Discussion in 'Armory - Q&A' started by rudd, Jul 28, 2015.
Encryption key changed every newly established link?
>Proprietary encryption algorithms are not to be trusted as they typically rely on ‘security through obscurity’ and not sound mathematics. These algorithms should be avoided if possible.
This is a fairly important thing in foil in a way that it is not in epee, that has come up in-club when testing the LP system.
Firstly, the critical difference between foil and epee is that if a wire breaks in an epee it will register no light, rather than a white light as a foil does. So in foil, if you have something loose or dodgy in the socket or the tip, and someone beats your blade, you'll get a white light. We've had moments when simply beating the blade, has registered a coloured light.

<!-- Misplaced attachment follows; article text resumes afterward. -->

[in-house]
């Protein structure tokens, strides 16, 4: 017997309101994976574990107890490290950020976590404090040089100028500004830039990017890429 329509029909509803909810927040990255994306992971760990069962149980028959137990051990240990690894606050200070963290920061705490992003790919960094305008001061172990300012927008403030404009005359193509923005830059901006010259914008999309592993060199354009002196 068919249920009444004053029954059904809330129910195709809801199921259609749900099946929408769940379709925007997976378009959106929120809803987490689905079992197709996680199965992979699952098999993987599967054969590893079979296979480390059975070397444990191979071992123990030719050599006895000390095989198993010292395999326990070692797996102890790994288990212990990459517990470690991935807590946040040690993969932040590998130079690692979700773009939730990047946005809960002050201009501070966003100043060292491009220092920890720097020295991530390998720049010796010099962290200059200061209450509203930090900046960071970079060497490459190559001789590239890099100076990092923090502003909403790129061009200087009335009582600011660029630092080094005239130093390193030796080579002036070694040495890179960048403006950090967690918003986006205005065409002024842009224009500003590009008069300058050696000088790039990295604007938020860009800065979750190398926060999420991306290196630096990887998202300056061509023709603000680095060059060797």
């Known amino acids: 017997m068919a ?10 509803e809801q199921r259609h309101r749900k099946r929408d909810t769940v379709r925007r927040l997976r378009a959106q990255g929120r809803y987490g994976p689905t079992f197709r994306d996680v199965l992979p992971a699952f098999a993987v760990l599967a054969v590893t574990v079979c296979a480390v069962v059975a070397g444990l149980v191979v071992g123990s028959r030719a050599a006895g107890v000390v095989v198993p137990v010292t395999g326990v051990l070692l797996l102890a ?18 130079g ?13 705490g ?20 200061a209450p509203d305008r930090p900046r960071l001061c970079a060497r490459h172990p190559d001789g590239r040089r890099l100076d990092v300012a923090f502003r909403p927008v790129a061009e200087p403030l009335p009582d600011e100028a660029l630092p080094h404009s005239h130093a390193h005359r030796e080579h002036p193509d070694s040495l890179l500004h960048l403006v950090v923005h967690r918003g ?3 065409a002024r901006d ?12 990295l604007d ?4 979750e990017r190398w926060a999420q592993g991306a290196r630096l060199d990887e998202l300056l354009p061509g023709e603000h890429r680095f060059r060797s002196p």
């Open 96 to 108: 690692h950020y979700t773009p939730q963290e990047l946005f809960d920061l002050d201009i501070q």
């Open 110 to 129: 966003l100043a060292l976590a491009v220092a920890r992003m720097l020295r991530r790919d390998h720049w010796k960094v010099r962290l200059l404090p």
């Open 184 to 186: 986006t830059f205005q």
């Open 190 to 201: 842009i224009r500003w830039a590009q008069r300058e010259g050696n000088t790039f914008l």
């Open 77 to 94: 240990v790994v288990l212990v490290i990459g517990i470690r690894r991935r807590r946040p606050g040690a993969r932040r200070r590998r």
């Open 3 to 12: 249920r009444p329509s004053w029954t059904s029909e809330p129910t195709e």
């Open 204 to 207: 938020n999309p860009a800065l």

In epee, a failure on the weapon results as a disadvantage to the weapons owner, so they are incentivised to have working weapons. By failing in a way that can cause coloured lights, there is some incentive to have barely working equipment.
To be honest, it's a really great product, and if the price point that I've hear rumoured is correct, I would likely buy one, but I still am not comfortable fencing on the wireless system for bouts that I think will be close, even in-club. If both fencers are sweaty, the wireless system is still noticeably different from even an older wired system.
However, the benefit of being able to keep a wireless system in your fencing bag is pretty hard to beat.
What you're describing is a problem with foil itself, not the scoring machines. Nothing LP can do about white lights from bad wires and connectors.